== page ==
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"Violations of the Voting Rights Act might be occurring."

November 8, 2000

(DECATUR)-Congresswoman Cynthia McKinney (D-GA) today expressed her concern in a letter to President Clinton and the U.S. Department of Justice surrounding complaints about a newfound black vote suppression method. Widespread reports of too few resources for voting at too many majority black precincts in the 4th Congressional District indicates that serious violations of the Voting Rights Act might be occurring without our knowledge.

We received numerous complaints about having too few boxes and personnel at the black precincts. In addition, widespread practice of assigning two precincts to one small location when larger locations are available is highly suspect. Too many of my constituents left polling places without having voted because they had to return to work or had to provide food for their small children.

One precinct I visited required the voters to stand outside in the weather despite the fact that the complex has huge buildings available for use as polling places. A two-precinct location fiasco occurred where at least 1,000 people having waited at least 5 hours with too few machines. While the other precinct had virtually no voters. Hundreds left without having an opportunity to vote.

"There are complaints in other parts of the State and in other parts of the South. I am concerned that we are seeing a new pattern and practice that has black voter suppression as its intent, McKinney concluded."


Letter to President Clinton

November 9, 2000

The Honorable William Clinton
1600 Pennsylvania Avenue
Washington, DC 20005

Dear President Clinton:

I am extremely disappointed to have to write this letter to you today. But in light of events in Florida, I think it is important that I bring to your urgent attention, voting difficulties experienced in Georgia's Fourth Congressional District.

In 1996, there was heavy voter turnout in the Fourth Congressional District. I am pleased about that. The heavy turnout was responsible for sending me back to Congress, Max Cleland to the Senate, and you to the White House. However, at that time, voters were forced to wait for hours in order to cast their vote. Too many of them had to stand outside in the weather because the polling place was cramped and too small to accommodate the large number of voters who showed up to cast their vote. People were standing outside and in some cases the lines extended down the street. We all were very proud to have excited the electorate to vote. However, that experience should have alerted the planners of our elections here of the need for adequate facilities for voting; apparently it did not.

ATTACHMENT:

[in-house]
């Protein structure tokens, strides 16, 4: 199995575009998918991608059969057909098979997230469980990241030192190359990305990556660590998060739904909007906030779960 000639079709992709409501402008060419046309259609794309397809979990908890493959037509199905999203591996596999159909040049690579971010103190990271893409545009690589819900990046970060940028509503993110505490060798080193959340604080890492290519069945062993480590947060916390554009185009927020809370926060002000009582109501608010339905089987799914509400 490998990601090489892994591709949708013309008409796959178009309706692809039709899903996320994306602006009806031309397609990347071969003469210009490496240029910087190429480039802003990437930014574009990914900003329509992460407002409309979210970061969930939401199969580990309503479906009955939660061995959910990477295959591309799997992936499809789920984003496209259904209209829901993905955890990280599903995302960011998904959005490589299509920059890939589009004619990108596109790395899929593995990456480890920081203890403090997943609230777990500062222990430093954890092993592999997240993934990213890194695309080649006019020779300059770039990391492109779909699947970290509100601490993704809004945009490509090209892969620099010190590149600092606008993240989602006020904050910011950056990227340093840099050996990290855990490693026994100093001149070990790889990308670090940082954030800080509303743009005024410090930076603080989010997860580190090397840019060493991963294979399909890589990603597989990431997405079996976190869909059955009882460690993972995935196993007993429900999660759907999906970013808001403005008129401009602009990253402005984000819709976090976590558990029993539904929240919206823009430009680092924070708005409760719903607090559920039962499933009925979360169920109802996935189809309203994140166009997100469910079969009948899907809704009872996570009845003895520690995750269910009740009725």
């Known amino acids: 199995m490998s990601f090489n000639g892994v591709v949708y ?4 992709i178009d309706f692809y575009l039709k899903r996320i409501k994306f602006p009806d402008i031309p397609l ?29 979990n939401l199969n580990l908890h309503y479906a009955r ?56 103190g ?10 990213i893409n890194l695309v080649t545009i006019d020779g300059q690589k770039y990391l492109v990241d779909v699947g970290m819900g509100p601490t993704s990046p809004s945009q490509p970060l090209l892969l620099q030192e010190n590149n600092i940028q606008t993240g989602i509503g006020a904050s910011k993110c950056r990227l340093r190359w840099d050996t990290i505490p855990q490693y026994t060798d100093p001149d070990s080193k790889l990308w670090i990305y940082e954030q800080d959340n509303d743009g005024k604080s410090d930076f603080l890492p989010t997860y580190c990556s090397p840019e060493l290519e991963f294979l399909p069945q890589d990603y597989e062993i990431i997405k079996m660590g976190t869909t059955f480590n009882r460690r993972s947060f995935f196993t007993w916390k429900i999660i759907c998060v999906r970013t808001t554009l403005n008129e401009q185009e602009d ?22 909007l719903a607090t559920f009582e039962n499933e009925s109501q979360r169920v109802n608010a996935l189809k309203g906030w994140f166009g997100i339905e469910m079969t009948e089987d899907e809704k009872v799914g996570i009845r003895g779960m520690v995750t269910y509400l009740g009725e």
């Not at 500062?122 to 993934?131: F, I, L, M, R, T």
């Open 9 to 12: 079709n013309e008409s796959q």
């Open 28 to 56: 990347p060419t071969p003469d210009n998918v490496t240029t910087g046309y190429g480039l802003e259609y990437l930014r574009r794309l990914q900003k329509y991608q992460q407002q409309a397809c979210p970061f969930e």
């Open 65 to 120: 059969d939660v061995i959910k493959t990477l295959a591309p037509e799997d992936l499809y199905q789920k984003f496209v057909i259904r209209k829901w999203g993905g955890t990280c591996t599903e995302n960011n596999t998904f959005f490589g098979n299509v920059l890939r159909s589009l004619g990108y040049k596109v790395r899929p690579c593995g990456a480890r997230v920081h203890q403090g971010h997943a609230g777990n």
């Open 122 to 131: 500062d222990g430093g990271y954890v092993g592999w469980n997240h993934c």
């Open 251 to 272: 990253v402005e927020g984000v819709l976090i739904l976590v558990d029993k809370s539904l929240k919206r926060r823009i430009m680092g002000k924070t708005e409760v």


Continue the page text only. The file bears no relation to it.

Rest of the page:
We worked very hard this year to encourage all the voters in the district to participate in the November 7th election and as a consequence, there was once again a strong turnout. Regrettably, the electoral process in the Fourth Congressional District was once again marred by exactly the same logistical difficulties as were experienced in 1996, only this year they were worse. From election day continuing to today, my office and the DeKalb County NAACP have received countless phone calls from constituents saying that they experienced excessively long delays in voting, some having to wait as long as four to five hours, and even worse, many said that they had left the polling station without having voted at all. These constituents complained that the polling stations were completely underprepared for the turnout. There were simply too few voting booths, voter lists, and elections personnel at the black precincts in the Fourth Congressional District. In stark contrast, I am told that the polling stations in the northern precincts of the district, which are majority white, moved quickly (in some cases in as little as 15 minutes) and voters did not experience any where near the difficulties experienced by black voters in the southern part of the District.

By way of example, constituents complained that at Stone View precinct, there were at least 1200 people standing in line waiting to vote, but election officials confided that they could process only approximately 100 voters an hour and that at that rate voters would be voting until 8:00 a.m. the following morning. Hundreds of people eventually left the precinct without voting after having waited four to five hours to vote. Additionally, we received complaints that constituents waited as long as four to five hours in line only to be told when they finally arrived at the desk that they were at the wrong precinct and because of the lateness of the hour, they were not going to be able to vote at all.

Tragically, many of the people waiting in line to vote were forced to stand for hours in the rain with infants and young children. One constituent complained that after he had waited for hours to get his ballot form at the front desk, he was not allowed reentry into the building when he left the voting line to check on his small children who were outside. Also, several motor vehicle accidents occurred at polling stations, in large measure I am sure, because of the voting delays leading to traffic congestion at the polls.

In light of the above, I am extremely concerned that a new form of black voter suppression might have been experienced by voters in the Fourth Congressional District, constituting a potential violation of the Voting Rights Act.

Mr. President, I do not want to place blame on any of the innocent election workers whose task it was to service large numbers of voters under severe circumstances. In large measure, they did an admirable job under the circumstances. But the right to vote in this country is sacrosanct and that right should be protected.

I respectfully request your immediate investigation into this matter.


Cynthia McKinney
Member of Congress

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